A/N: Part one of two.

18 - Part One: Caged

There was just something about the walls that reminded Mai of a cage.

The ivory paint, the gold panels, the large hanging portraits of previous Fire Lord's and their families. Every time she strolled through the long corridors of the royal palace she couldn't help but feel as though she were choking, gasping for air—which explained why she was leaning over the railing of her chamber balcony, eyes closed and letting the warm air heat her face. These reasons didn't, however, explain to her chamber maid, who was probably alarmed by Mai's sudden sprinting through the halls.

"Lady Mai, are you alright?" Anya called. Her voice made it clear she was trying to find the line between being concerned and obtrusive.

"Fine," Mai breathed, eyes still closed. "Just needed some air."

"Shall I set the table for tea?"

"That won't be necessary." How many times did she have to tell Zuko and everyone else in this palace that she hated tea? Always hated it—still hated it.

"A letter arrived for you, my lady," said Anya, shuffling forward.

Mai turned around to face her, arm stretched out for the piece of manila parchment. She took another deep breath of air and went into her bed chamber, clutching the small letter in her pale fingers. "Thanks. You're dismissed."

Anya bowed her curly little head, her pale skin looking as translucent as ever, and exited the chamber. Servants were servants, but if Mai cared to admit it, she almost regretted her tone. Anya was the one servant she might actually like.

Shrugging it off, Mai unrolled the piece of parchment, and smiled just a little when she recognized the familiar curly writing:

Dear Mai,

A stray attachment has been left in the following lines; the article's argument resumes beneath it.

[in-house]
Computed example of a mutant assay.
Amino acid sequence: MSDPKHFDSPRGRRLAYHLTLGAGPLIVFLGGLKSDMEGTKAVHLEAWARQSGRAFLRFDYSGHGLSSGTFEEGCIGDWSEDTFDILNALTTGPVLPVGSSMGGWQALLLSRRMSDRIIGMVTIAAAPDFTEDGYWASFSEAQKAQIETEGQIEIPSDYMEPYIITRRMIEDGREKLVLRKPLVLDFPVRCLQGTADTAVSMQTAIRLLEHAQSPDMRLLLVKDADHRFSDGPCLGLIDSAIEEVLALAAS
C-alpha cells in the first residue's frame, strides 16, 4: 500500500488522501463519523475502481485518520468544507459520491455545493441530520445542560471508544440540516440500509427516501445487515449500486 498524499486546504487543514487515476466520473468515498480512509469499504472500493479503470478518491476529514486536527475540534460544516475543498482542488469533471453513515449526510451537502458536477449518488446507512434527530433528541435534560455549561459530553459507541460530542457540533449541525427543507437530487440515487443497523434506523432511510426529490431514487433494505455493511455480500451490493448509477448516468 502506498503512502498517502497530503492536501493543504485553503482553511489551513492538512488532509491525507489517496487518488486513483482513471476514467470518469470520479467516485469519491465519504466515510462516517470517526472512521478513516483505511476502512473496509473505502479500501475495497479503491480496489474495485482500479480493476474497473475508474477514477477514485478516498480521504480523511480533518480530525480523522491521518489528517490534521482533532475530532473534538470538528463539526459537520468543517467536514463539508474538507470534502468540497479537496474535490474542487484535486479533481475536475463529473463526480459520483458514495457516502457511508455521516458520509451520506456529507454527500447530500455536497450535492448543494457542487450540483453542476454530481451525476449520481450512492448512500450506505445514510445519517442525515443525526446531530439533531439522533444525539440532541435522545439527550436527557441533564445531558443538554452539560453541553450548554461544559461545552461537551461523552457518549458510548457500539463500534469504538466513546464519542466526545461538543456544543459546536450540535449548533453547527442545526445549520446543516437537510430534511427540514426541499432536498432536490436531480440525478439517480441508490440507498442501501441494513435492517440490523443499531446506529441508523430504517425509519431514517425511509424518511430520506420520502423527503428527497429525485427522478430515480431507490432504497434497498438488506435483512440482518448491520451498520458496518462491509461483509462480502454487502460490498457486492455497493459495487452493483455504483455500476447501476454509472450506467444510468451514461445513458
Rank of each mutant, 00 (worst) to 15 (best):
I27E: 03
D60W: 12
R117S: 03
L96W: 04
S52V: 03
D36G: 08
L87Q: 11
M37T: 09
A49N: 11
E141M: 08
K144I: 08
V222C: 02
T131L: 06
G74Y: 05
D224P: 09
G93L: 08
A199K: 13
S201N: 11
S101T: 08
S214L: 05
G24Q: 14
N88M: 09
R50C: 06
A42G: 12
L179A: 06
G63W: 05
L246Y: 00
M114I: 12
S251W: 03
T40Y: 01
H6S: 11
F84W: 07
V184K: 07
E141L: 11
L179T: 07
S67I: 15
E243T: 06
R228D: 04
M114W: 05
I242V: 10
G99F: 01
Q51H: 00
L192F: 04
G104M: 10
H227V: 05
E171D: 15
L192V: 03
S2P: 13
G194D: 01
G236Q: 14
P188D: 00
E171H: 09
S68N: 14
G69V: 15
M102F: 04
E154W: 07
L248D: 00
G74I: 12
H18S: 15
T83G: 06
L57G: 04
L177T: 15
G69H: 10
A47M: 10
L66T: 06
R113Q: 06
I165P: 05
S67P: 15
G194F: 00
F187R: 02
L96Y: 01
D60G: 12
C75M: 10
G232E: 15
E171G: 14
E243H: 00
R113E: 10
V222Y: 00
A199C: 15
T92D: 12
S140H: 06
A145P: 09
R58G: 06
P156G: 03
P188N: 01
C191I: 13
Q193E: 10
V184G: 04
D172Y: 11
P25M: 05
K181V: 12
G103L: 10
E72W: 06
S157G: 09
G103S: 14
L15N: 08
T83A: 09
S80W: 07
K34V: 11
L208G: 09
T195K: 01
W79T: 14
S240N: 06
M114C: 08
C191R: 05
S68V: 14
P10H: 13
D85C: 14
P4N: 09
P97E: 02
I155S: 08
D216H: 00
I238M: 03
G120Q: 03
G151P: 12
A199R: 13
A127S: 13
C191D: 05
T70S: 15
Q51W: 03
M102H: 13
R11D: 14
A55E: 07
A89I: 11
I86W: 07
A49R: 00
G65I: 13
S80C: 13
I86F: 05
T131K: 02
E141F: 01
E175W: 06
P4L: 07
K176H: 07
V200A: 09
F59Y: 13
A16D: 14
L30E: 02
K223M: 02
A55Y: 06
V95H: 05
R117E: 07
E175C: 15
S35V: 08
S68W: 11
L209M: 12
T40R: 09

Would you believe I am writing to you from high in the mountains? We are touring the countryside of the Earth Kingdom and you would not believe how gorgeous it is! I am learning so much from the Kyoshi Warriors. They even asked me to teach them some circus tricks! They want to incorporate my moves into their style of fighting.

You haven't written to me in a while. Is everything okay? I miss you. I met a boy a few days ago. Well, I have met many boys, but this one is so cute and sweet! I think I like him more than the rest. How is Zuko? Promise me you will come and visit me soon. Do you promise?

Sending hugs your way,

Ty Lee

Mai sighed. The letter was as random and bubbly as Ty Lee herself, but Mai was happy for her friend. Despite her bright personality, she was an excellent fighter. It was a good thing she was continuing her training.

Mai found her fingers itching toward her robes, only just then remembering she wasn't carrying her knives. She didn't really need them in the palace—not with so many guards around. She had told Zuko to lighten up on the security, but he wouldn't hear of it. Despite the war ending over three months ago, he was still a little paranoid about infiltration. Considering how she herself had infiltrated the Earth Kingdom with Azula and Ty Lee, Mai supposed she couldn't blame him.